Definition - What does Batch Galvanizing mean?
Batch galvanizing is the process where an unbroken zinc coating is applied to the surface of a finished steel product or fabricated shape. The corrosion-resistant coating is achieved by immersing the object into a bath of molten zinc. This process can be done either one at a time, or with several parts in one batch.
Batch galvanizing is also known as after-fabrication galvanization.
Corrosionpedia explains Batch Galvanizing
The three main steps for preparing objects for immersion into the zinc bath are:
- Caustic cleaning - Oils, greases and other organic contaminants are removed by a hot alkali solution
- Pickling - Removing rust and surface scale by immersing it into either heated sulphuric acid or ambient hydrochloric acid
- Fluxing - Applying a special chemical coating of zinc ammonium chloride to the surface. This coating chemically removes the last traces of any oxides just before the immersing the object into the molten zinc.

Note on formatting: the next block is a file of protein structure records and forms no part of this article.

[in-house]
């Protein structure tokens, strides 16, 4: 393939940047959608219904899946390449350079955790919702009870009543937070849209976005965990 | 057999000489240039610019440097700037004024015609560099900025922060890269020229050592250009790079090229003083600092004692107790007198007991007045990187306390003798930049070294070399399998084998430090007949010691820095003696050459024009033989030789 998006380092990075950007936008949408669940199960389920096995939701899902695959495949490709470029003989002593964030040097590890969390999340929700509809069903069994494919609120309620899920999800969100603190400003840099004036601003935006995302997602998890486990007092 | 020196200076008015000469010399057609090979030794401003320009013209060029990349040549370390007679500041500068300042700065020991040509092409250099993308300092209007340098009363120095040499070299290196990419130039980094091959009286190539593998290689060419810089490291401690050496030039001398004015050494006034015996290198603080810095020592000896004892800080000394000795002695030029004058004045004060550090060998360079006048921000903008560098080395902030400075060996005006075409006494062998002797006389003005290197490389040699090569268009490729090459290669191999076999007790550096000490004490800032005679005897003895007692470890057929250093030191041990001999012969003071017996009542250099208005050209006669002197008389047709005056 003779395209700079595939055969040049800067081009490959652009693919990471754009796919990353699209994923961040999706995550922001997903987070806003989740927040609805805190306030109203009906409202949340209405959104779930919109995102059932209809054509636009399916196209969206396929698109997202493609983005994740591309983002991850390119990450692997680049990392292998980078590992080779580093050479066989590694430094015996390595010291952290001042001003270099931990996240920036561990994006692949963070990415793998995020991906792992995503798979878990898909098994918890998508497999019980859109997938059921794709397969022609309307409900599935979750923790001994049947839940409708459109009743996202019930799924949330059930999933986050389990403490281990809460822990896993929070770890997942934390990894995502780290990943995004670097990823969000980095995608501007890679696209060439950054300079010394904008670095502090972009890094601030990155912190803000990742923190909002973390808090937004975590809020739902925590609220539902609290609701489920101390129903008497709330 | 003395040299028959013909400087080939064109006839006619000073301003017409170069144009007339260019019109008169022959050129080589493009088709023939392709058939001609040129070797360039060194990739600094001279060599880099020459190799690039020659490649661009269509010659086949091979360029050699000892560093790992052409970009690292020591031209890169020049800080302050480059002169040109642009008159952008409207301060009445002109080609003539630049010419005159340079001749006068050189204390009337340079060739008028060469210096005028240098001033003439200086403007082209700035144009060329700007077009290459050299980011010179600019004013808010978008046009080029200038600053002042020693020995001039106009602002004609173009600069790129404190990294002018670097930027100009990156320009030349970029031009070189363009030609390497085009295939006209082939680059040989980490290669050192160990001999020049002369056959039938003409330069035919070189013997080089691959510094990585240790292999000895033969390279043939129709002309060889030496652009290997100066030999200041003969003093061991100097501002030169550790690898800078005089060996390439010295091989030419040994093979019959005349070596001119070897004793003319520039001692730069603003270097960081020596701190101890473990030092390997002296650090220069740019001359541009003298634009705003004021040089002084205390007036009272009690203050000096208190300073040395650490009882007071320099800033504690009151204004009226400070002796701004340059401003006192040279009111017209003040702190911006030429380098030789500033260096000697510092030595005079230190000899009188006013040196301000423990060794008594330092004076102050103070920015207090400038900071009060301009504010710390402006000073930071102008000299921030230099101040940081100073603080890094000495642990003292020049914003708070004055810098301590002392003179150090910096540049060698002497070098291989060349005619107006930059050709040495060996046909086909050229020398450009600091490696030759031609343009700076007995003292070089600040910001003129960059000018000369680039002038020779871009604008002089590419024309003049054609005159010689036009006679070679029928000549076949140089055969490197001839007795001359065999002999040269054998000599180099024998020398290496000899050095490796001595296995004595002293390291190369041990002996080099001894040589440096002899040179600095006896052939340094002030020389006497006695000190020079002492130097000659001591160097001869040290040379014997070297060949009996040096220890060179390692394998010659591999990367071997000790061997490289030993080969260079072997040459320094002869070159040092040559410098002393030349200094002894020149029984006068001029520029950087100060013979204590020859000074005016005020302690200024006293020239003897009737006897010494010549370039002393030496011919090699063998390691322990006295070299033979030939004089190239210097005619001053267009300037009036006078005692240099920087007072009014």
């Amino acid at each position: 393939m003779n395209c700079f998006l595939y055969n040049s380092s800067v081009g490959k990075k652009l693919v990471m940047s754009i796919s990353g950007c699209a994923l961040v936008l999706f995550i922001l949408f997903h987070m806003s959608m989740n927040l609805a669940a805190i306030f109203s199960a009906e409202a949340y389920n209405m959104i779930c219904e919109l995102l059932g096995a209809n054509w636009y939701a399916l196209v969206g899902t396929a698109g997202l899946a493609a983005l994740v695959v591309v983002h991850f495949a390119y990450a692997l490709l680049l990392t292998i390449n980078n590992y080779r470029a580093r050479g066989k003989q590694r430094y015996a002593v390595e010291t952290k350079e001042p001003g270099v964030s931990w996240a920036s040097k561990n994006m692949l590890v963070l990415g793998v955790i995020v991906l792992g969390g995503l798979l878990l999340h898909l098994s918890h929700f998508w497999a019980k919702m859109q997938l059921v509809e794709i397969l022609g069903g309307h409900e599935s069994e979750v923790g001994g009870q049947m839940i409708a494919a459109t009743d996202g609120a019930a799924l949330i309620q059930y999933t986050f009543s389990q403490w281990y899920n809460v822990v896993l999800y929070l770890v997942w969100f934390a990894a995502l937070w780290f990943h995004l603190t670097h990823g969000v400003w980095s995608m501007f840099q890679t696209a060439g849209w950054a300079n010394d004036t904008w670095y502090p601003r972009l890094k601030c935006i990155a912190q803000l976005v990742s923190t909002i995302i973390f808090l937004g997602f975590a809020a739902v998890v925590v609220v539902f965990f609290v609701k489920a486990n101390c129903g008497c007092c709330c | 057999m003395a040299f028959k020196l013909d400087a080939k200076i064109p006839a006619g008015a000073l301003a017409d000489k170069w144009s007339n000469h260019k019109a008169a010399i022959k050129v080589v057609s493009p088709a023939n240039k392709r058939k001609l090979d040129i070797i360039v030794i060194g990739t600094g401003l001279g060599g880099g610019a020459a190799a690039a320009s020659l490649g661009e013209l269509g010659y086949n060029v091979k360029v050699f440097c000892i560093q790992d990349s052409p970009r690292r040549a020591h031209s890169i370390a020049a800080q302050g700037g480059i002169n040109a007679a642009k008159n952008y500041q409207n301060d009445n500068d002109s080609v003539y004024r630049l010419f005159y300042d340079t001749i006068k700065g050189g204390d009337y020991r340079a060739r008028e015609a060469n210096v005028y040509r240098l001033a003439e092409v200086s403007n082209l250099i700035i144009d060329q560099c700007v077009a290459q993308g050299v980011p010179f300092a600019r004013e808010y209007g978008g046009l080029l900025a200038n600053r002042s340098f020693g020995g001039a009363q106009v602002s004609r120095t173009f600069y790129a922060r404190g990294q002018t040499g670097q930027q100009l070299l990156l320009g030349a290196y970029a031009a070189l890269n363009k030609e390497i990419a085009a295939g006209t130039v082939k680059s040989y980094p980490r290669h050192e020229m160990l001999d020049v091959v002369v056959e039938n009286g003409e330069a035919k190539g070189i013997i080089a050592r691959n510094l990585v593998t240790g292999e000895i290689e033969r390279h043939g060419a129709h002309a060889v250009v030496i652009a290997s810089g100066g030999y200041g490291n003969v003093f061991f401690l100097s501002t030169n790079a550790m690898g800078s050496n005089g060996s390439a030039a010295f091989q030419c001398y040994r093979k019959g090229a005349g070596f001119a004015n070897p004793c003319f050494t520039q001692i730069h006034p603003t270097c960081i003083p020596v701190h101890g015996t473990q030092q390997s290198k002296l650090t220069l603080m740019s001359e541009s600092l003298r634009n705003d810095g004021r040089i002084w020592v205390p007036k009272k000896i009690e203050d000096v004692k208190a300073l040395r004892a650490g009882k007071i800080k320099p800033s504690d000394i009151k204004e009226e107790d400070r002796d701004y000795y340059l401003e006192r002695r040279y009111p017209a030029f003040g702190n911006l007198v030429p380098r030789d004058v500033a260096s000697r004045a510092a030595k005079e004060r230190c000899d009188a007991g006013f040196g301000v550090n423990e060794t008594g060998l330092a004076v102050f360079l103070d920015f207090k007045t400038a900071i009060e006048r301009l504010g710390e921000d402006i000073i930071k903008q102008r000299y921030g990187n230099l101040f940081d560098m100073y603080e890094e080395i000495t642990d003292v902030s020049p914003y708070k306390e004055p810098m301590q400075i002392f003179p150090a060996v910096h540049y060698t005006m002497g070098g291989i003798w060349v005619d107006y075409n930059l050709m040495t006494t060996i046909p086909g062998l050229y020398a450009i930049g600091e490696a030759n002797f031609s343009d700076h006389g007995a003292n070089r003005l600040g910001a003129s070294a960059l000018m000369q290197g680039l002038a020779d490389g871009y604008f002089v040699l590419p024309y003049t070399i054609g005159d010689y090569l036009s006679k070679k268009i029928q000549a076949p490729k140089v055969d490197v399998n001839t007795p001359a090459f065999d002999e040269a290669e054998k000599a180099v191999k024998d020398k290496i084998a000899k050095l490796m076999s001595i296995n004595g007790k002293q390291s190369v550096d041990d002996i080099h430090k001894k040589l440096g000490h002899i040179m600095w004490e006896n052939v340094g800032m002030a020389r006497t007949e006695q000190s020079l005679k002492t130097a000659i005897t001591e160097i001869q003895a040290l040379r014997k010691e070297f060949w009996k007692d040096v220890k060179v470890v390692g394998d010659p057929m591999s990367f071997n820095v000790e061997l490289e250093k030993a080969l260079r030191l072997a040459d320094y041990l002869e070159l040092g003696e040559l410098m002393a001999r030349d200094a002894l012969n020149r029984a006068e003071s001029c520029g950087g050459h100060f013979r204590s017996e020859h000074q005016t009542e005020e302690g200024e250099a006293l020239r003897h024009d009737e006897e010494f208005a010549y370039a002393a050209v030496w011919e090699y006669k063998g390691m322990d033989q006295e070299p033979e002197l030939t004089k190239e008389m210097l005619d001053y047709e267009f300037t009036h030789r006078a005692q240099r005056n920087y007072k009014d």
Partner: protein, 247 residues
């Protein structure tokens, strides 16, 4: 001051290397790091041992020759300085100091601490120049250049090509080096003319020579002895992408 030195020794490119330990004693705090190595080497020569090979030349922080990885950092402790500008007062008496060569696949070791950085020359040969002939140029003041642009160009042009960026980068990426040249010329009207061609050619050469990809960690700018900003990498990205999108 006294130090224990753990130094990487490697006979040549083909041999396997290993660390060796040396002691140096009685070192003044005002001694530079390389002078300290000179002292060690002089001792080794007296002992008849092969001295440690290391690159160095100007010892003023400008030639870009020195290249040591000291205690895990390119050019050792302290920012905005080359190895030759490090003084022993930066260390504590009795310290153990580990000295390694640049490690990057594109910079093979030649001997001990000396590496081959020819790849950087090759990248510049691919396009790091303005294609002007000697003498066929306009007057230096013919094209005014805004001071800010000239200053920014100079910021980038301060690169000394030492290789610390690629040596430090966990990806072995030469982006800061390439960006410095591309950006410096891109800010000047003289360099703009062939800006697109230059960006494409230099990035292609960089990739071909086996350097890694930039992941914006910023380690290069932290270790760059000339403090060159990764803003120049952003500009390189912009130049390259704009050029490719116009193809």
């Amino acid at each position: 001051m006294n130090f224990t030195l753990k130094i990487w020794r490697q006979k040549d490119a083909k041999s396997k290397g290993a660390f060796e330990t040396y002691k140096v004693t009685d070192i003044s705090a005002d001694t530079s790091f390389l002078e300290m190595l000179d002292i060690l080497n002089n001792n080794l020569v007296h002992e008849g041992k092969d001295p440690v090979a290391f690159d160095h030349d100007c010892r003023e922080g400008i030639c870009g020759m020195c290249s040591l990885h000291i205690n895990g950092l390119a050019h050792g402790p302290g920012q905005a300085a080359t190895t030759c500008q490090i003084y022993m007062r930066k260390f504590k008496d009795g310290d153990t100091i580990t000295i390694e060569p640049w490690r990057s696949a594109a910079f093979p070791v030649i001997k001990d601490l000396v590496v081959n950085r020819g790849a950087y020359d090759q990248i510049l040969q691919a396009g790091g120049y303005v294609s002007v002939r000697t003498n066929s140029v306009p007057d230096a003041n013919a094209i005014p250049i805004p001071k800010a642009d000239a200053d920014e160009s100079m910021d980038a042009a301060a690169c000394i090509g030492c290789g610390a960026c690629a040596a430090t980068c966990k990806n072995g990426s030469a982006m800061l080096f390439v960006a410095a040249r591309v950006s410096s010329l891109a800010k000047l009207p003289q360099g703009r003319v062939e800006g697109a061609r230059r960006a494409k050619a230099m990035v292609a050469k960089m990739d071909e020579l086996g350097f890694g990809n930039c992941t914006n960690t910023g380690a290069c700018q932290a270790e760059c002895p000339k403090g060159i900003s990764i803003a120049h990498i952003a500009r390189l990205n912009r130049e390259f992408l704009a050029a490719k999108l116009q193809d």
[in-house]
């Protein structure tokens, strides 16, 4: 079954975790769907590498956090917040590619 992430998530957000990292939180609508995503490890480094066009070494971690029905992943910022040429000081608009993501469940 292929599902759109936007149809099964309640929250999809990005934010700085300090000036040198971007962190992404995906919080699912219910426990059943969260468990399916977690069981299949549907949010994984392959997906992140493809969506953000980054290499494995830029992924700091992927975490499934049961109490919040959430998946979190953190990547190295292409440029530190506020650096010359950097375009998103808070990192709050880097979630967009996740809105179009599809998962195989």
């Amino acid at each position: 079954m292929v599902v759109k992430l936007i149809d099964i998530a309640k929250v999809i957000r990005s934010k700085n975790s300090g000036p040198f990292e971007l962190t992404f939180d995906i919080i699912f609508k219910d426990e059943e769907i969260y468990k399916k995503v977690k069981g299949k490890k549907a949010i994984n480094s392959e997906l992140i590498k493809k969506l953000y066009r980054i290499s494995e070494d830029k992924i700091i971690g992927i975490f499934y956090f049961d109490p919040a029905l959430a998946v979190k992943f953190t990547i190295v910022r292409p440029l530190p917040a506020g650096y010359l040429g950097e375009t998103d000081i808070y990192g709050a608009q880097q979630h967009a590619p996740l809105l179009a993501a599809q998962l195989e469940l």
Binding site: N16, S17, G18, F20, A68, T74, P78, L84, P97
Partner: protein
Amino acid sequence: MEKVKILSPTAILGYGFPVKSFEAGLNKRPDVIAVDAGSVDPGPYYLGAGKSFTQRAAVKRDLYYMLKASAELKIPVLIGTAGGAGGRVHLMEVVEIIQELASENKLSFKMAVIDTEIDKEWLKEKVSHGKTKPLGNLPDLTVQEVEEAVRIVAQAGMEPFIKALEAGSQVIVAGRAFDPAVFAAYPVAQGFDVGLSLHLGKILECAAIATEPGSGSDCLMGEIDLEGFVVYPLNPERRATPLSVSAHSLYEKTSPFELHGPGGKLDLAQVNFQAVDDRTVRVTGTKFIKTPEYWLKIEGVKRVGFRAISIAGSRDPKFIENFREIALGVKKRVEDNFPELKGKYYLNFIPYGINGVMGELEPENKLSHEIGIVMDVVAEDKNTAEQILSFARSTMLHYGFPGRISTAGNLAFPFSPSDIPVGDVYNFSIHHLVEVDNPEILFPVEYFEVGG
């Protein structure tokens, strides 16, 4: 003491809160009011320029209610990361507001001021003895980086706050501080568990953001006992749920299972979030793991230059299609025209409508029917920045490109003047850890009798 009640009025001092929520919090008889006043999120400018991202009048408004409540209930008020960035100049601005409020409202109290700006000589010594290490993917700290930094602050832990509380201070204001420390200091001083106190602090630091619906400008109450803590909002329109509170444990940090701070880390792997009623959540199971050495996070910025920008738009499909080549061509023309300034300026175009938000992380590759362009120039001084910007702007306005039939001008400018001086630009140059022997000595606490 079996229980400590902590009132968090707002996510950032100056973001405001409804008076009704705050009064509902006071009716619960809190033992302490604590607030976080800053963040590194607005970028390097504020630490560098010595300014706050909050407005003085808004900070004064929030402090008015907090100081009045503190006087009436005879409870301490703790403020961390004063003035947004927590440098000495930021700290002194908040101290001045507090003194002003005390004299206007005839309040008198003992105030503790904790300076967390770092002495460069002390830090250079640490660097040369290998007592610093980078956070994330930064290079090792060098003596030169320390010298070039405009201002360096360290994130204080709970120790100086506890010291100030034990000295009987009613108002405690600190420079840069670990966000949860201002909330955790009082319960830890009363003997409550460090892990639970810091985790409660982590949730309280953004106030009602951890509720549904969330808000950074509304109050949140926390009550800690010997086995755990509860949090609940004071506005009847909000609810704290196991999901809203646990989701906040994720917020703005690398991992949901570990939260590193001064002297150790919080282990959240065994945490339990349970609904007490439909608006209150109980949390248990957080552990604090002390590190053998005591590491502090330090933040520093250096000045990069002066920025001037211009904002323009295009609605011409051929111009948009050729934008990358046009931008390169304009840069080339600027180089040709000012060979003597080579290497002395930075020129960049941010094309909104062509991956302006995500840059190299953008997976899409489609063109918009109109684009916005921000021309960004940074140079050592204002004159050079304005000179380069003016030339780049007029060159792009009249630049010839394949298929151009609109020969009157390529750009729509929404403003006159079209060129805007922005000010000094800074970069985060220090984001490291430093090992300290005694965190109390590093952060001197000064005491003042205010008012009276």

By immersing the dried object into a molten zinc bath, the steel surface becomes wetted and reacts with the zinc to form several zinc-iron alloy layers. The object is kept in the bath until its temperature equals that of the molten zinc, 833 to 870°F (445 to 465°C), to ensure a complete galvanization reaction. The object is then withdrawn at a controlled rate and air quenched or quenched in water containing potassium dichromate.
The molten zinc solidifies on the object to form a pure outer zinc coating. However, the pure zinc coating does not always form and the surface may end up a dull gray color.
The coating achieved with this process is durable, consisting of several zinc-iron alloy layers bonded to the underlying steel and then covered by an outer layer of pure zinc. The coating covers the whole object and provides excellent corrosion and abrasion resistance.
Objects coated in this process include fasteners, bolts and small components, as well as steel handrail tubing.